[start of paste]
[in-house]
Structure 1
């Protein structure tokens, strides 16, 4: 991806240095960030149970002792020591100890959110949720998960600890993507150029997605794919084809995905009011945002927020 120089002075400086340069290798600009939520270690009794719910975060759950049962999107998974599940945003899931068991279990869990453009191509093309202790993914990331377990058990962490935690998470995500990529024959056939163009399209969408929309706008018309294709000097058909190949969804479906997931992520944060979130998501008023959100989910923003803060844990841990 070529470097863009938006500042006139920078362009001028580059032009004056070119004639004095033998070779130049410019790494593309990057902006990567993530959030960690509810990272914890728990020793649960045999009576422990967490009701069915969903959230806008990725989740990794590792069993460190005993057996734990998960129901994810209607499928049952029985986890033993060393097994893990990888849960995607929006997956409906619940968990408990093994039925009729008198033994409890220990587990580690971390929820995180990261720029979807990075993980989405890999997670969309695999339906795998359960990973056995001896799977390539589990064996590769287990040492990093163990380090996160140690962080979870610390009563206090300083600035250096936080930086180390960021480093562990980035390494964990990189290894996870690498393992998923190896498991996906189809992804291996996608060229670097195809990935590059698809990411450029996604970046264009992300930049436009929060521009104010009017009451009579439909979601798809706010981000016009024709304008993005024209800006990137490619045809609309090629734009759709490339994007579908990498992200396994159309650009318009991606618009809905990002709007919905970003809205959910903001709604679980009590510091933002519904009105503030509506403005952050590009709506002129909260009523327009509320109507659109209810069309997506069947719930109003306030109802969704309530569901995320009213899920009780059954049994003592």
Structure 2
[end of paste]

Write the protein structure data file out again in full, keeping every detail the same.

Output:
[in-house]
Structure 1
């Protein structure tokens, strides 16, 4: 991806240095960030149970002792020591100890959110949720998960600890993507150029997605794919084809995905009011945002927020 120089002075400086340069290798600009939520270690009794719910975060759950049962999107998974599940945003899931068991279990869990453009191509093309202790993914990331377990058990962490935690998470995500990529024959056939163009399209969408929309706008018309294709000097058909190949969804479906997931992520944060979130998501008023959100989910923003803060844990841990 070529470097863009938006500042006139920078362009001028580059032009004056070119004639004095033998070779130049410019790494593309990057902006990567993530959030960690509810990272914890728990020793649960045999009576422990967490009701069915969903959230806008990725989740990794590792069993460190005993057996734990998960129901994810209607499928049952029985986890033993060393097994893990990888849960995607929006997956409906619940968990408990093994039925009729008198033994409890220990587990580690971390929820995180990261720029979807990075993980989405890999997670969309695999339906795998359960990973056995001896799977390539589990064996590769287990040492990093163990380090996160140690962080979870610390009563206090300083600035250096936080930086180390960021480093562990980035390494964990990189290894996870690498393992998923190896498991996906189809992804291996996608060229670097195809990935590059698809990411450029996604970046264009992300930049436009929060521009104010009017009451009579439909979601798809706010981000016009024709304008993005024209800006990137490619045809609309090629734009759709490339994007579908990498992200396994159309650009318009991606618009809905990002709007919905970003809205959910903001709604679980009590510091933002519904009105503030509506403005952050590009709506002129909260009523327009509320109507659109209810069309997506069947719930109003306030109802969704309530569901995320009213899920009780059954049994003592």
Structure 2